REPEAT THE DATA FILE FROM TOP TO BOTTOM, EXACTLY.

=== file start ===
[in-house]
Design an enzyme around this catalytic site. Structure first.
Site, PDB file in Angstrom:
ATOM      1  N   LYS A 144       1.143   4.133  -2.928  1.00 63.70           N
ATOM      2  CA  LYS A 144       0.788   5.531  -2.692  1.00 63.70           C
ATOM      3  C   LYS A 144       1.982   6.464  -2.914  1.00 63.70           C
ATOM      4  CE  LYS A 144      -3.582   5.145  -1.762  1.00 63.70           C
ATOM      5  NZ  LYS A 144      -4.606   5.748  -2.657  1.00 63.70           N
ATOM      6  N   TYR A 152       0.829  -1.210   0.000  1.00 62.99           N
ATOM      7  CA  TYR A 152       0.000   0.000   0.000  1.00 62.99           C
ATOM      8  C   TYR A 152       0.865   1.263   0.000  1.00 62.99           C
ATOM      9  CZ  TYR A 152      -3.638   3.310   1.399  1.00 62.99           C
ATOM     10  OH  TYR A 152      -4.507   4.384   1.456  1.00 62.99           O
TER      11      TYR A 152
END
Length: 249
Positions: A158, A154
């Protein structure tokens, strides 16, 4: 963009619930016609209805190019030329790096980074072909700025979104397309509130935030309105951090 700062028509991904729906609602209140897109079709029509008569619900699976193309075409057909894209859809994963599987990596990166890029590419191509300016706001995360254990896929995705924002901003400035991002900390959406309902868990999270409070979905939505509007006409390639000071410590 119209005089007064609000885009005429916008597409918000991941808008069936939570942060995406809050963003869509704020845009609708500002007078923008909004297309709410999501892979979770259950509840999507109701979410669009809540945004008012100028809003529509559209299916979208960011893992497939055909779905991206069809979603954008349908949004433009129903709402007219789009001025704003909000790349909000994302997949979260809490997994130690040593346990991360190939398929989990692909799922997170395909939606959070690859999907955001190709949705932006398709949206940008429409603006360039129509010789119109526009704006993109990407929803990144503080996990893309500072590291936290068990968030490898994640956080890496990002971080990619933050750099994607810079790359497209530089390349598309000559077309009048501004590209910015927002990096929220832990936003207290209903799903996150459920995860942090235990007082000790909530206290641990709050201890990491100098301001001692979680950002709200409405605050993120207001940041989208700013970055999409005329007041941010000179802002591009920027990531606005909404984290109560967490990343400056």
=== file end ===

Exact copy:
[in-house]
Design an enzyme around this catalytic site. Structure first.
Site, PDB file in Angstrom:
ATOM      1  N   LYS A 144       1.143   4.133  -2.928  1.00 63.70           N
ATOM      2  CA  LYS A 144       0.788   5.531  -2.692  1.00 63.70           C
ATOM      3  C   LYS A 144       1.982   6.464  -2.914  1.00 63.70           C
ATOM      4  CE  LYS A 144      -3.582   5.145  -1.762  1.00 63.70           C
ATOM      5  NZ  LYS A 144      -4.606   5.748  -2.657  1.00 63.70           N
ATOM      6  N   TYR A 152       0.829  -1.210   0.000  1.00 62.99           N
ATOM      7  CA  TYR A 152       0.000   0.000   0.000  1.00 62.99           C
ATOM      8  C   TYR A 152       0.865   1.263   0.000  1.00 62.99           C
ATOM      9  CZ  TYR A 152      -3.638   3.310   1.399  1.00 62.99           C
ATOM     10  OH  TYR A 152      -4.507   4.384   1.456  1.00 62.99           O
TER      11      TYR A 152
END
Length: 249
Positions: A158, A154
């Protein structure tokens, strides 16, 4: 963009619930016609209805190019030329790096980074072909700025979104397309509130935030309105951090 700062028509991904729906609602209140897109079709029509008569619900699976193309075409057909894209859809994963599987990596990166890029590419191509300016706001995360254990896929995705924002901003400035991002900390959406309902868990999270409070979905939505509007006409390639000071410590 119209005089007064609000885009005429916008597409918000991941808008069936939570942060995406809050963003869509704020845009609708500002007078923008909004297309709410999501892979979770259950509840999507109701979410669009809540945004008012100028809003529509559209299916979208960011893992497939055909779905991206069809979603954008349908949004433009129903709402007219789009001025704003909000790349909000994302997949979260809490997994130690040593346990991360190939398929989990692909799922997170395909939606959070690859999907955001190709949705932006398709949206940008429409603006360039129509010789119109526009704006993109990407929803990144503080996990893309500072590291936290068990968030490898994640956080890496990002971080990619933050750099994607810079790359497209530089390349598309000559077309009048501004590209910015927002990096929220832990936003207290209903799903996150459920995860942090235990007082000790909530206290641990709050201890990491100098301001001692979680950002709200409405605050993120207001940041989208700013970055999409005329007041941010000179802002591009920027990531606005909404984290109560967490990343400056």